Reduce Clothing Consumption

Stopping fashion waste can be thought of like stopping an overflowing bathtub. The first and most important step is to turn off the faucet! In this case, the faucet is our global annual production of 80 billion pieces of clothing! As an individual, the best way to help is to limit how many new clothing items you purchase. Of course, this is easier said than done, but here are several strategies that can help.

  • Limit yourself to a certain number of clothing purchases per year. This strategy works well if you know you buy a lot of clothing each year and need a tangible target to help limit yourself.
  • Only visit clothing stores when you need a specific clothing item. Remember that online stores count too!
  • When you do purchase clothing, limit waste by purchasing secondhand. This prevents an unwanted item from going to the landfill, but it also avoids all the upstream waste associated with the production of new clothing.
  • If you have to purchase new, try to buy durable clothing that you know you will enjoy for a long period of time. Look out for brands that are very transparent about the environmental impact of their production, as these companies make a large effort to reduce their impact and treat their workers fairly.

Extend Clothing Life

After long exposure to the elements and a certain number of washes, some clothes may have a few holes or a tear, but this doesn’t mean you have to throw it away. With just a needle and some thread, we can extend the life of our garments. Extending the life of a piece of clothing by just nine months can reduce its environmental impact by 20 to 30%! Another way to extend the life of your clothing is to repurpose it into a different clothing item. For example, a t-shirt can easily be turned into a tank top or a pair of pants can be turned into shorts.

If an article of clothing no longer fits you or your taste in style has changed, there are likely many other people that can still appreciate it. Here are a few different ways to extend the life of your clothing.

  • Give to a friend or family member
  • Participate in a clothing swap (or organize your own with friends, family or co-workers!)
  • Sell at an online secondhand clothing market or platforms such as Craigslist or Ebay
  • Donate to a thrift store or donation center
  • Repurpose into other items such as rags to clean around the house, a cloth napkin, or even stitch together into a reusable bag!

Clothing Disposal

Unfortunately, some clothing does eventually reach a stage where it cannot be passed on to somebody else or fixed. There are some brands and stores that have drop-off locations to recycle clothing. This should be the last-ditch option because recycling clothing is energy intensive and companies are only able to recycle a very small fraction of the textiles they collect for recycling.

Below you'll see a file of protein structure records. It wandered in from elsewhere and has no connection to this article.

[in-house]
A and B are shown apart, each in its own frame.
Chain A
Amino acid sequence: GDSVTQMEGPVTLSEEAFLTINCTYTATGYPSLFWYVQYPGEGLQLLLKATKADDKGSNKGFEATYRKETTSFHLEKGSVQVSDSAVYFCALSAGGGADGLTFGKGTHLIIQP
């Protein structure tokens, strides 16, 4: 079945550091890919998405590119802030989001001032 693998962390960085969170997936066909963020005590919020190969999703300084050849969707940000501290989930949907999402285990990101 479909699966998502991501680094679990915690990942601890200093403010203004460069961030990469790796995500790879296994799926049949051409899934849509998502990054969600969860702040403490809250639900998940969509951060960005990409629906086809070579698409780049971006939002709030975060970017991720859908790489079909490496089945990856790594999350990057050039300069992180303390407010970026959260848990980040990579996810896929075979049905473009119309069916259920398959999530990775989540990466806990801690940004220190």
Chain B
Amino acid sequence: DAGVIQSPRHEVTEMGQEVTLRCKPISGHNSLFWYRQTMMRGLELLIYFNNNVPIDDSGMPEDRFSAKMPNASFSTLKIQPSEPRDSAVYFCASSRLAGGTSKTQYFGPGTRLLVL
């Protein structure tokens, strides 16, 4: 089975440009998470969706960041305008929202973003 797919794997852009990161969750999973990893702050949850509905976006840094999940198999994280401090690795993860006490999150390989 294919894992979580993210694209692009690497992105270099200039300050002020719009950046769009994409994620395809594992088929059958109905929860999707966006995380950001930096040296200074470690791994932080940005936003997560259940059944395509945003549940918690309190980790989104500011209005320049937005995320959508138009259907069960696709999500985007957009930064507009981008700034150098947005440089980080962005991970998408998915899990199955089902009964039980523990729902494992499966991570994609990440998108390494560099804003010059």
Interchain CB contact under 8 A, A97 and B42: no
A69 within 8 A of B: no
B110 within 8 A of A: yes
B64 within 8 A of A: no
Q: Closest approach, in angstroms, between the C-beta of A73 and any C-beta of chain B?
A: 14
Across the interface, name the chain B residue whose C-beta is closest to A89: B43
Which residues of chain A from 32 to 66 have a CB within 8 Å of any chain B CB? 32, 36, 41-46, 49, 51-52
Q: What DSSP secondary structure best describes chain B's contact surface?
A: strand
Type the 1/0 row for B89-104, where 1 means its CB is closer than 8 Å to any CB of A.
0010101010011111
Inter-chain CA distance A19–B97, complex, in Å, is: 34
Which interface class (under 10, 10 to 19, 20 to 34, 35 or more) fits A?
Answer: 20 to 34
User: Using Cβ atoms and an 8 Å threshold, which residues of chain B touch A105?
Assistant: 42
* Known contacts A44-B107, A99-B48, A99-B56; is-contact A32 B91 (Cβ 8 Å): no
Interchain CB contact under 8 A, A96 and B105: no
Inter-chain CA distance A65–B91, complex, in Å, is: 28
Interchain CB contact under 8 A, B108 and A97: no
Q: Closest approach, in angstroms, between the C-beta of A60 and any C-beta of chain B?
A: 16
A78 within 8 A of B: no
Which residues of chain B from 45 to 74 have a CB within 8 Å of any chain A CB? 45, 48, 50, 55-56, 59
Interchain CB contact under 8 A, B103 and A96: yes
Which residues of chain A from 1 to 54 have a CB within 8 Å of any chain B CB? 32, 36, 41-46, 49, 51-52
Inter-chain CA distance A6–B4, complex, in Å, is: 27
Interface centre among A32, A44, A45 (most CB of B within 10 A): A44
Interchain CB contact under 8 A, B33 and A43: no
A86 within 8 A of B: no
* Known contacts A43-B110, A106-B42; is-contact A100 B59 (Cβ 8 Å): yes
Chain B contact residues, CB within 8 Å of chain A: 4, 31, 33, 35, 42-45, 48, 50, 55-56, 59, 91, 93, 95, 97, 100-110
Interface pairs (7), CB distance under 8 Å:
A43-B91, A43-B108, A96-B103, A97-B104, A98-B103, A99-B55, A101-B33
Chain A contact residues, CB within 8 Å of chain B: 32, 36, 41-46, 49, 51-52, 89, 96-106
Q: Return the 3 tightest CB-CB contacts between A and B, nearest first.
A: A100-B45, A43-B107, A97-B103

The fashion industry has significant environmental and social impacts, but curbing our impact does not mean we have to give up clothing or sacrifice our sense of style. While it may take more effort to look for used or sustainably sourced clothing, refreshing old clothes and finding a new home or use for retired clothing, it is a process that can be fun, rewarding, and most importantly will help protect our natural resources!

RethinkWaste Holiday Show Follow-Up

RethinkWaste held a Holiday Show on December 11, 2020. This page provides the webinar recording, presentation slides, links to more resources, and all of the questions submitted by attendees. If you have additional questions, fill out the form at the bottom of the page.

We know the holidays are usually a pretty wasteful time so we put on this informative webinar to give tips on how to reduce waste this holiday season. We also spread some cheer with waste-related carols and had a fun and informative round of trivia.

We hope you find the following resources helpful in your personal journey to reduce waste this holiday season.

To view a recording of the webinar and the live Q&A, click the recording below.

1. Where does tinsel go?

Ideally you can reuse it and keep it in your decorations box to reuse every year, but otherwise, it has to be landfilled.

2. Are Christmas lights recyclable?

Yes! But NOT in your regular recycle cart or bin. Christmas lights contain precious materials that can still be recycled, you just have to bring them to certain drop-off locations that take them back. Places like GreenCitizen (located in Burlingame), Home Depot, Lowes, Ace Hardware all accept string lights. You can even consider donating them to thrift stores, if they are still in good working condition.

3. What do you think about using all the little scraps of wrapping paper? You can tape the scraps together to wrap a gift. It uses a lot of tape, but wastes less paper.

Tough question! Since those scraps of wrapping paper can be recycled, and the tape cannot, we recommend simply recycling those little scraps rather than using lots of tape to put the scraps together.

4. Is glue more environmentally friendly than tape? Could you use water-soluble glue to decoupage a package with small leftover scraps of paper?

Another tough question, because it can be difficult to clearly distinguish which is more environmentally friendly. When it comes to either using glue or tape, there is probably a little bit of a difference in the environmental impact, but there is nothing that leads us to believe one alternative is much better than the other. If choosing between the two option, use whichever you are comfortable with. But to really lower your environmental impact, we recommend minimizing your use of both glue and tape.